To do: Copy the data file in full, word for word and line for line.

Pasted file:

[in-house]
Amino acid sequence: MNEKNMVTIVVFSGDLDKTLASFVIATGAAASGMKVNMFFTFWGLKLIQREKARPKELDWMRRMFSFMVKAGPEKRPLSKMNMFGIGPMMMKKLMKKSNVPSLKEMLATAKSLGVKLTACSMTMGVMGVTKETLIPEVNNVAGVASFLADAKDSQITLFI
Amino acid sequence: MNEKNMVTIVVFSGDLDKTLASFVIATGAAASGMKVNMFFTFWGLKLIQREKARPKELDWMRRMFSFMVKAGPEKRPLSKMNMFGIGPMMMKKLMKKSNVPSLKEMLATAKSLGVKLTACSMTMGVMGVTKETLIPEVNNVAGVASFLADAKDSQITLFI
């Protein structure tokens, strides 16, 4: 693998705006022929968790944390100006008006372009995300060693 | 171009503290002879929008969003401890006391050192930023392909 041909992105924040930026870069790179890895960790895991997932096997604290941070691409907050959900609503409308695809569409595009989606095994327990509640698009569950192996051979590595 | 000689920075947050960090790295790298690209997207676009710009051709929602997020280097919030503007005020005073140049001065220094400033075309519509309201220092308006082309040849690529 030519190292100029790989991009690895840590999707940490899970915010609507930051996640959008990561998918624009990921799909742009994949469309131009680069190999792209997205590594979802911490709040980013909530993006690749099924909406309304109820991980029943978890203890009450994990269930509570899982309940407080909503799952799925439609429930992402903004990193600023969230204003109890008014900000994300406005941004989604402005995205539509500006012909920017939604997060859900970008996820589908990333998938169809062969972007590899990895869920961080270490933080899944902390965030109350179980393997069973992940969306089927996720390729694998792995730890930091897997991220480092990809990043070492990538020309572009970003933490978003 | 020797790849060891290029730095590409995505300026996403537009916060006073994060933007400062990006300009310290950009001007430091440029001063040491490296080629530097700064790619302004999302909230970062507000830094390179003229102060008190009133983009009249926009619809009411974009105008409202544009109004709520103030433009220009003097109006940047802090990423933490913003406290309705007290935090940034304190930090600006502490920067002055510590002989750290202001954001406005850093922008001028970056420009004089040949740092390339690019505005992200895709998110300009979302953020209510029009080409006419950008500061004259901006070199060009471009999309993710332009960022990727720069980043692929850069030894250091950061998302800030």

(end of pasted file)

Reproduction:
[in-house]
Amino acid sequence: MNEKNMVTIVVFSGDLDKTLASFVIATGAAASGMKVNMFFTFWGLKLIQREKARPKELDWMRRMFSFMVKAGPEKRPLSKMNMFGIGPMMMKKLMKKSNVPSLKEMLATAKSLGVKLTACSMTMGVMGVTKETLIPEVNNVAGVASFLADAKDSQITLFI
Amino acid sequence: MNEKNMVTIVVFSGDLDKTLASFVIATGAAASGMKVNMFFTFWGLKLIQREKARPKELDWMRRMFSFMVKAGPEKRPLSKMNMFGIGPMMMKKLMKKSNVPSLKEMLATAKSLGVKLTACSMTMGVMGVTKETLIPEVNNVAGVASFLADAKDSQITLFI
């Protein structure tokens, strides 16, 4: 693998705006022929968790944390100006008006372009995300060693 | 171009503290002879929008969003401890006391050192930023392909 041909992105924040930026870069790179890895960790895991997932096997604290941070691409907050959900609503409308695809569409595009989606095994327990509640698009569950192996051979590595 | 000689920075947050960090790295790298690209997207676009710009051709929602997020280097919030503007005020005073140049001065220094400033075309519509309201220092308006082309040849690529 030519190292100029790989991009690895840590999707940490899970915010609507930051996640959008990561998918624009990921799909742009994949469309131009680069190999792209997205590594979802911490709040980013909530993006690749099924909406309304109820991980029943978890203890009450994990269930509570899982309940407080909503799952799925439609429930992402903004990193600023969230204003109890008014900000994300406005941004989604402005995205539509500006012909920017939604997060859900970008996820589908990333998938169809062969972007590899990895869920961080270490933080899944902390965030109350179980393997069973992940969306089927996720390729694998792995730890930091897997991220480092990809990043070492990538020309572009970003933490978003 | 020797790849060891290029730095590409995505300026996403537009916060006073994060933007400062990006300009310290950009001007430091440029001063040491490296080629530097700064790619302004999302909230970062507000830094390179003229102060008190009133983009009249926009619809009411974009105008409202544009109004709520103030433009220009003097109006940047802090990423933490913003406290309705007290935090940034304190930090600006502490920067002055510590002989750290202001954001406005850093922008001028970056420009004089040949740092390339690019505005992200895709998110300009979302953020209510029009080409006419950008500061004259901006070199060009471009999309993710332009960022990727720069980043692929850069030894250091950061998302800030």